On April 14, India celebrates the beginning of the Solar New Year, while Bengal and Bangladesh celebrate the so-called Bengali New Year. In fact, these two holidays are not so different, despite their names, because both events are to some extent related to the Hindu solar calendar.
During the Mughal period, taxes on harvest were collected according to the Islamic lunar calendar, which often did not coincide with the time of harvest in Bengal. As a result, it was difficult for farmers to cope with the tax burden out of season. Therefore, Emperor Akbar the Great decided to reform the existing calendar and create a new one based on Islamic lunar and Hindu solar calendars. So was created Bengali calendar, which beginning marks on the 14th of April.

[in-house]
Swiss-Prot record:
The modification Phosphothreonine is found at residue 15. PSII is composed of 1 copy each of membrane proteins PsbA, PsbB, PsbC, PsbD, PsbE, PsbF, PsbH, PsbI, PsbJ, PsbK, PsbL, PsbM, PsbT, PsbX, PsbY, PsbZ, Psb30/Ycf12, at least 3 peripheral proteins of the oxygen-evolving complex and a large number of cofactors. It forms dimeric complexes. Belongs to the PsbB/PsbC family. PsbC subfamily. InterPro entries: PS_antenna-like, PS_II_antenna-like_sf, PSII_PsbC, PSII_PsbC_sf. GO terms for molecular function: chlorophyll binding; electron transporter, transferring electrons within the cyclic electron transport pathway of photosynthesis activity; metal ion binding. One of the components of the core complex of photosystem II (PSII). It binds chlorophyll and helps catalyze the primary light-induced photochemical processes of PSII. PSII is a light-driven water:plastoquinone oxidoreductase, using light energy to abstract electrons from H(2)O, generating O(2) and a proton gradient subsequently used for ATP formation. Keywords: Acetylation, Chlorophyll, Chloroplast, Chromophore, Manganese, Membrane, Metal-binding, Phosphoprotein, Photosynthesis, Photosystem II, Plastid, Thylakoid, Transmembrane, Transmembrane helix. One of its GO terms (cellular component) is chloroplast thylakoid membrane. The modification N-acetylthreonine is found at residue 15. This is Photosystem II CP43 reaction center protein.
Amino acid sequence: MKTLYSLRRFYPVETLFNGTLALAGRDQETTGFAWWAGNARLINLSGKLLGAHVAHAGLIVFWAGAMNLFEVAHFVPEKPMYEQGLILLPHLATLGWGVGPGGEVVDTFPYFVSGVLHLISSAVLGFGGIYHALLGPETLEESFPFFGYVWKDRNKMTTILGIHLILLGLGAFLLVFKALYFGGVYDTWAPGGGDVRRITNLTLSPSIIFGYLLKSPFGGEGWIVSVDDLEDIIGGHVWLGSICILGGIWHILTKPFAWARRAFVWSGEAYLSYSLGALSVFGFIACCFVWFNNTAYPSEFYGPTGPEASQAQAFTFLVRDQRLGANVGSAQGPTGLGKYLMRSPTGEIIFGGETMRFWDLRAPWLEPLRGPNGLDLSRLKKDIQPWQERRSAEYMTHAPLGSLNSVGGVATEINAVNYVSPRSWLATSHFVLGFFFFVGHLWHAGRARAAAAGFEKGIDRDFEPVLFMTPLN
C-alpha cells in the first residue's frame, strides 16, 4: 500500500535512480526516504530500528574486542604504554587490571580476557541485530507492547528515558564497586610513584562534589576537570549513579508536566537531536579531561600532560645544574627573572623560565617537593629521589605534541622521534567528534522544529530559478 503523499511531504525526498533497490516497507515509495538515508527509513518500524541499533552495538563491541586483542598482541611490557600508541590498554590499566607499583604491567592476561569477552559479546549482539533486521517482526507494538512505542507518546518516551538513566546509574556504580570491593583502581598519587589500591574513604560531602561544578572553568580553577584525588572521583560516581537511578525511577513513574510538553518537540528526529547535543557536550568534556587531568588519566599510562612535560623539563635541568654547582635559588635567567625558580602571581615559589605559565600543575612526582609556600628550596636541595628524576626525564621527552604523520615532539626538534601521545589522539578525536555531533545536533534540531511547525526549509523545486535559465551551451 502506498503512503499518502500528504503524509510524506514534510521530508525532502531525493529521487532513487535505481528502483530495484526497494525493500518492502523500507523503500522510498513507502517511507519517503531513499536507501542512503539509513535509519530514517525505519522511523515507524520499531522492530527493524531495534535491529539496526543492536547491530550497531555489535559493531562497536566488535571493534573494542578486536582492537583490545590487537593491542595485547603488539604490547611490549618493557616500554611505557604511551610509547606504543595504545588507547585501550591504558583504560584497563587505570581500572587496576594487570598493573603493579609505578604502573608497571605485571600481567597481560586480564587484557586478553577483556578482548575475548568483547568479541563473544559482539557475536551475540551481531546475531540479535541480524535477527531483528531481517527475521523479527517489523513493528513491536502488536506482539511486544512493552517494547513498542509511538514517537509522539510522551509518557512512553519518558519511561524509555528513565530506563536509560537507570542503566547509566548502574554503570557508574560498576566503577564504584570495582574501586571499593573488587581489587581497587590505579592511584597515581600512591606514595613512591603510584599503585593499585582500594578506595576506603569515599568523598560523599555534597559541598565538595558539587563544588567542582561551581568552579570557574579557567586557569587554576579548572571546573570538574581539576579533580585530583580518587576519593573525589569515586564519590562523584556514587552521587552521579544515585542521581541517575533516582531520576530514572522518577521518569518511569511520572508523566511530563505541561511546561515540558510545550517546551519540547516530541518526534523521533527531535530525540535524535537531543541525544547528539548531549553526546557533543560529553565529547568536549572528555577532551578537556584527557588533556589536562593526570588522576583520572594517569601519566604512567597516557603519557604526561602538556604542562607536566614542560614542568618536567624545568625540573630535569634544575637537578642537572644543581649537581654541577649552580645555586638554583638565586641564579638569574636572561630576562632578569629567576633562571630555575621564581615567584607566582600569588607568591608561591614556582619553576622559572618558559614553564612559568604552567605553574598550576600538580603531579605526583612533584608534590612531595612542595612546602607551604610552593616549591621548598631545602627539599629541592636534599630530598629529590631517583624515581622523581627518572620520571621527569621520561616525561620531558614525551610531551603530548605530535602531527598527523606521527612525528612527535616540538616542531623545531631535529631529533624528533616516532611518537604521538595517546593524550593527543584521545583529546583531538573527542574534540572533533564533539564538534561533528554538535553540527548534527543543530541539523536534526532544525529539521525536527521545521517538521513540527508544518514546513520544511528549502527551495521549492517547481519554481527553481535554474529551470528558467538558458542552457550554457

In those days, the tradition of celebrating the New Year was born. In Bengali, it was a custom to pay off all debts on the last day of the year. And on the first day of the new year people used to treat each other with sweets and candies. Also on this day, traders and merchants used to start new accounting books and to invite their clients to sign new contracts. This tradition has survived up to our days, because the first day of a year is a very favorable time for all undertakings. By the way, according to the annual tradition, the Bengali community of Great Britain holds a New Year festival on the streets of London, which is the largest Asian festival in Europe and the largest Bengali festival outside of Bengal region.
The team of “Talk of the Town” congratulates everyone on this holiday and wishes you a bright start of the year, and let all your plans be successfully implemented by its end!